Training went smoothly and I got to the start line without any injuries (unlike my first marathon). Jenny, our friend Ted and I had all been stressing for awhile over the strict 6 hour time limit and the drive up and down the course the day before hadn’t exactly set our minds at ease. This was going to be the toughest course I’d ever run by a long shot.

Start line smiles

Start line smiles

For the first 5 miles, we were physically (and mentally) sheltered from the coastal winds by redwoods. We were ahead of our goal pace (Ted was even farther ahead, disappearing into the distance with the 5:30 group while I had Jenny and me on target for a 5:45 finish). We were appreciative of the cool weather and the peaceful beauty of the woods.

We’d read that the first 5 downhill miles are deceptively easy, but knowing that didn’t prepare us for the force with which the 30-40mph winds hit us when the trees gave way to coastline. By the time we hit the 10K mark, it had started drizzling lightly and the headwind was already brutal. We were in danger of dropping below cutoff pace if this wind kept knocking us back.

Jenny and I had made a pact that if one of us was hitting the pace faster than the other then we would part ways. I hated to take off without my favorite running buddy but I was still trucking along despite the headwind, so she urged me to run my race and she’d see me at the finish line. I ran into Ted around mile 7 on a rough uphill and we spent a few minutes together before I pushed ahead. I was on a mission to beat the clock (and the 6 hour cutoff pacer that was now far enough behind me to relax a bit).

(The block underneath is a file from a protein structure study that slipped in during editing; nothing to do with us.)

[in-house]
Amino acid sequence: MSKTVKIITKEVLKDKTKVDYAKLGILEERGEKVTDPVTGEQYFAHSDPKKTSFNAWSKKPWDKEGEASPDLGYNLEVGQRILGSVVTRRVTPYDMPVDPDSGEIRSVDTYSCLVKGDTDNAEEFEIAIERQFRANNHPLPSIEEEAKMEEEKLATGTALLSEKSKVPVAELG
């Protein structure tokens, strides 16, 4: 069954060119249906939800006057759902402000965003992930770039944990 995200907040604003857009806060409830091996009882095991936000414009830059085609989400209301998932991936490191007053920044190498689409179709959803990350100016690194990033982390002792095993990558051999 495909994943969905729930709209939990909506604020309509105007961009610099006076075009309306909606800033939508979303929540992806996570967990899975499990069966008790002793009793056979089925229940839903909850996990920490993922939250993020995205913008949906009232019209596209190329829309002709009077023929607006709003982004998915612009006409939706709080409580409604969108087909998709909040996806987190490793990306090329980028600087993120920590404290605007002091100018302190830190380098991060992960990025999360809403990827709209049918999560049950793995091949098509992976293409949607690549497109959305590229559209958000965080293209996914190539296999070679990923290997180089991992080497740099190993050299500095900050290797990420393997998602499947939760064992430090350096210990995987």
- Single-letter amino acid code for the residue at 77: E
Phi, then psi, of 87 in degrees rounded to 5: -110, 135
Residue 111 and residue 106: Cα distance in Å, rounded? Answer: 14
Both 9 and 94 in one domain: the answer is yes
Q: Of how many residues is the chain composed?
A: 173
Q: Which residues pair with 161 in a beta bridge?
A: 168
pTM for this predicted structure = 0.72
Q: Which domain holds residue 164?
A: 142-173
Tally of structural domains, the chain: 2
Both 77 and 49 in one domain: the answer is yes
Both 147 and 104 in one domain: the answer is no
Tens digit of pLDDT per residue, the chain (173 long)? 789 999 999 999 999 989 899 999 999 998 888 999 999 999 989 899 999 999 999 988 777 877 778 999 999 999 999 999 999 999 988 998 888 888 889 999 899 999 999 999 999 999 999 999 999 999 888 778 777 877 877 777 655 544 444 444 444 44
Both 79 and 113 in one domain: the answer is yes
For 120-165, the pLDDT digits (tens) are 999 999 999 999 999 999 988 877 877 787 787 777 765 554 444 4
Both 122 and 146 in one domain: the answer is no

The sound of the taiko drummers at the bottom of the 2 mile, 45 degree climb up Hurricane Point made my heart beat faster as I approached. Miles 11-13 are the most grueling of the course with a few false summits and morale-crushing views of what’s to come before the top of the mountain. I was so happy to have applied my ElevationTat to help me track my progress and anticipate water stations – it came in handy so many times during the back half of the course, too.

I kind of want this tattooed on me for real.

I kind of want this tattooed on me for real.

I kept my head down and pushed onward and upward. At the very top of the mountain, just as the Mile 13 marker came into view, an extra-hard gust blew across a few other runners and me – it was like nature was trying to knock us down one last time before the descent to Bixby Bridge. I later heard that the gusts were up to 49mph and I absolutely believe it, as we were staggering sideways and seriously discussing holding hands to keep from getting blown off the cliff into the ocean.